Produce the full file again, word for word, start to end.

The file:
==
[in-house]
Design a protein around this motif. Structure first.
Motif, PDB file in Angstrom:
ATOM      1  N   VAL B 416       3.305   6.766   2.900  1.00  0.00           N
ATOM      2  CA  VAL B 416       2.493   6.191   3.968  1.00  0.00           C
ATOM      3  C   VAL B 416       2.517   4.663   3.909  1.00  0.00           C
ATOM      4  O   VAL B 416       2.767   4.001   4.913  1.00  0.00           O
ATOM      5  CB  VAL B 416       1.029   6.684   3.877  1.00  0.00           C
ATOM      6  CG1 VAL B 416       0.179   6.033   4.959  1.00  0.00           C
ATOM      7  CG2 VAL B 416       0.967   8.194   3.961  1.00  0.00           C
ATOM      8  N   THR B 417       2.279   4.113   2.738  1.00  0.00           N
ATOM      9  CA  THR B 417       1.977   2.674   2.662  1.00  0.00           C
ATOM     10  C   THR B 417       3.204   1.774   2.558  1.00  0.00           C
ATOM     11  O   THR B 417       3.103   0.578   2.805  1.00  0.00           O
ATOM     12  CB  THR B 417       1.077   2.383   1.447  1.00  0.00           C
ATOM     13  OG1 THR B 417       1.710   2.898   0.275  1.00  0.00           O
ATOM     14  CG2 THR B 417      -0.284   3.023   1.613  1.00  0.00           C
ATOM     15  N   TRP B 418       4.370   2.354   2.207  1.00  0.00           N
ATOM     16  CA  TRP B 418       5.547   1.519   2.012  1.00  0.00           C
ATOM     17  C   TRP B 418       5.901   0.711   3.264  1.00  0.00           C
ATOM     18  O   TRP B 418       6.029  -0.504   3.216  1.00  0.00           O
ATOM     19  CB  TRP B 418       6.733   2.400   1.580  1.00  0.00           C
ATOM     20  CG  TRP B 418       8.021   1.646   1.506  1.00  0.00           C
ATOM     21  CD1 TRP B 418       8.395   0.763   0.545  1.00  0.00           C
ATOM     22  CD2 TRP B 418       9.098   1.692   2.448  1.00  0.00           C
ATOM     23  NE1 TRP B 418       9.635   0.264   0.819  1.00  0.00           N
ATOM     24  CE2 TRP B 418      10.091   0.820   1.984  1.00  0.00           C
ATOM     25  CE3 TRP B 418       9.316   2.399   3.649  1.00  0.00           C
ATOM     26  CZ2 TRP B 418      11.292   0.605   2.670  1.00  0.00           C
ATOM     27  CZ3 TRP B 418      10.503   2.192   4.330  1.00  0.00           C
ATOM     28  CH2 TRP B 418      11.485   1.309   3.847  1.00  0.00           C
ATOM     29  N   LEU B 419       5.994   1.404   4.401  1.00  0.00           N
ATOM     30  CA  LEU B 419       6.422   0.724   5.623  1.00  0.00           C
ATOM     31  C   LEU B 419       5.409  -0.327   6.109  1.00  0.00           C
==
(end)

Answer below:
[in-house]
Design a protein around this motif. Structure first.
Motif, PDB file in Angstrom:
ATOM      1  N   VAL B 416       3.305   6.766   2.900  1.00  0.00           N
ATOM      2  CA  VAL B 416       2.493   6.191   3.968  1.00  0.00           C
ATOM      3  C   VAL B 416       2.517   4.663   3.909  1.00  0.00           C
ATOM      4  O   VAL B 416       2.767   4.001   4.913  1.00  0.00           O
ATOM      5  CB  VAL B 416       1.029   6.684   3.877  1.00  0.00           C
ATOM      6  CG1 VAL B 416       0.179   6.033   4.959  1.00  0.00           C
ATOM      7  CG2 VAL B 416       0.967   8.194   3.961  1.00  0.00           C
ATOM      8  N   THR B 417       2.279   4.113   2.738  1.00  0.00           N
ATOM      9  CA  THR B 417       1.977   2.674   2.662  1.00  0.00           C
ATOM     10  C   THR B 417       3.204   1.774   2.558  1.00  0.00           C
ATOM     11  O   THR B 417       3.103   0.578   2.805  1.00  0.00           O
ATOM     12  CB  THR B 417       1.077   2.383   1.447  1.00  0.00           C
ATOM     13  OG1 THR B 417       1.710   2.898   0.275  1.00  0.00           O
ATOM     14  CG2 THR B 417      -0.284   3.023   1.613  1.00  0.00           C
ATOM     15  N   TRP B 418       4.370   2.354   2.207  1.00  0.00           N
ATOM     16  CA  TRP B 418       5.547   1.519   2.012  1.00  0.00           C
ATOM     17  C   TRP B 418       5.901   0.711   3.264  1.00  0.00           C
ATOM     18  O   TRP B 418       6.029  -0.504   3.216  1.00  0.00           O
ATOM     19  CB  TRP B 418       6.733   2.400   1.580  1.00  0.00           C
ATOM     20  CG  TRP B 418       8.021   1.646   1.506  1.00  0.00           C
ATOM     21  CD1 TRP B 418       8.395   0.763   0.545  1.00  0.00           C
ATOM     22  CD2 TRP B 418       9.098   1.692   2.448  1.00  0.00           C
ATOM     23  NE1 TRP B 418       9.635   0.264   0.819  1.00  0.00           N
ATOM     24  CE2 TRP B 418      10.091   0.820   1.984  1.00  0.00           C
ATOM     25  CE3 TRP B 418       9.316   2.399   3.649  1.00  0.00           C
ATOM     26  CZ2 TRP B 418      11.292   0.605   2.670  1.00  0.00           C
ATOM     27  CZ3 TRP B 418      10.503   2.192   4.330  1.00  0.00           C
ATOM     28  CH2 TRP B 418      11.485   1.309   3.847  1.00  0.00           C
ATOM     29  N   LEU B 419       5.994   1.404   4.401  1.00  0.00           N
ATOM     30  CA  LEU B 419       6.422   0.724   5.623  1.00  0.00           C
ATOM     31  C   LEU B 419       5.409  -0.327   6.109  1.00  0.00           C